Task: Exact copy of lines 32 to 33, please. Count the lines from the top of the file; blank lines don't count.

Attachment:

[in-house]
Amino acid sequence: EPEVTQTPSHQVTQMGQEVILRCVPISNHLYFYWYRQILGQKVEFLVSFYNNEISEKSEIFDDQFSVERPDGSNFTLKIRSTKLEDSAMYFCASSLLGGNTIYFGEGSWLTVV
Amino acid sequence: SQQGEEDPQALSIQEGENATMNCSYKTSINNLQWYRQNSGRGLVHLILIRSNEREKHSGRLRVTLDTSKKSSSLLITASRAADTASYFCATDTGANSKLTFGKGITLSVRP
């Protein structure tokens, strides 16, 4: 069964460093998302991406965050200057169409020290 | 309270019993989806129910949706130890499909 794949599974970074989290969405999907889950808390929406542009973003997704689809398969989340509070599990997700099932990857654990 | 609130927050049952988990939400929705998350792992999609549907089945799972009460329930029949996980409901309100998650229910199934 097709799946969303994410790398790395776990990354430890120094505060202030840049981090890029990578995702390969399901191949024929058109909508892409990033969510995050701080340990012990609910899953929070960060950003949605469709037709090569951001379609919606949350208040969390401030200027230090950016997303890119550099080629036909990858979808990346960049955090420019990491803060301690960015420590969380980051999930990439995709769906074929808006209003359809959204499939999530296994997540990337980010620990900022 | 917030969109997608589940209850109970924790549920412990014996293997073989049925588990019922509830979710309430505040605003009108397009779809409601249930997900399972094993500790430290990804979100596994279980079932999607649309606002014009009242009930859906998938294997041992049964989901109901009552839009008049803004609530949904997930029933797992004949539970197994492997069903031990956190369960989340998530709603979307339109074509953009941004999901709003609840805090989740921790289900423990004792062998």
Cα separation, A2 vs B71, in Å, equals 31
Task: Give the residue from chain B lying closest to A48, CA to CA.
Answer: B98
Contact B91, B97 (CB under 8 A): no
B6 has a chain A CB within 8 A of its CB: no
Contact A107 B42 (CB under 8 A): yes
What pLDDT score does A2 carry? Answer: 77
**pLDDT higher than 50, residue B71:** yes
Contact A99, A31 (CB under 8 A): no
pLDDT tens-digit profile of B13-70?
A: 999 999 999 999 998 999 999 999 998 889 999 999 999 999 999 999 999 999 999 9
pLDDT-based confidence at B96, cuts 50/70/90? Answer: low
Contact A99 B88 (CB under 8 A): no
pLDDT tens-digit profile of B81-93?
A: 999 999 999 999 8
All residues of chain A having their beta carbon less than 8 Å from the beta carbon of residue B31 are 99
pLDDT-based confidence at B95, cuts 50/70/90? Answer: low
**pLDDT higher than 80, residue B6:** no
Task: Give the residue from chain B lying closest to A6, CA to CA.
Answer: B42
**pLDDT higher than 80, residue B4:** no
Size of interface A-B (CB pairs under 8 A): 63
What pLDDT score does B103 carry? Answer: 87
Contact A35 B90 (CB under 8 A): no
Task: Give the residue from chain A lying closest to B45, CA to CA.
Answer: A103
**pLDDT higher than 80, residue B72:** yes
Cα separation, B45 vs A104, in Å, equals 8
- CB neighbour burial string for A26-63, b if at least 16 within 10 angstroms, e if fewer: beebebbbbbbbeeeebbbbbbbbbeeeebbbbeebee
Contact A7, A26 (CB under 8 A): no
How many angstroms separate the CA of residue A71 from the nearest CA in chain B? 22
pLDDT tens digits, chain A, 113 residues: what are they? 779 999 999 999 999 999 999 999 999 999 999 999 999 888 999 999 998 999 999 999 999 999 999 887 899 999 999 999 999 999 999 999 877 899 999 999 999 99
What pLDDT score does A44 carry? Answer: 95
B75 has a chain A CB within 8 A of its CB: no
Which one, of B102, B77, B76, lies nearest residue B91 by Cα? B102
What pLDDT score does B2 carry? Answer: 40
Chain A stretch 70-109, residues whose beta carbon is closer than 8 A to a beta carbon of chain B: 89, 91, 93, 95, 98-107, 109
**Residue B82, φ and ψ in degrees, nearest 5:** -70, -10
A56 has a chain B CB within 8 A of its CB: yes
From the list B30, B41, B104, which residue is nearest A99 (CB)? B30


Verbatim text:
Cα separation, B45 vs A104, in Å, equals 8
- CB neighbour burial string for A26-63, b if at least 16 within 10 angstroms, e if fewer: beebebbbbbbbeeeebbbbbbbbbeeeebbbbeebee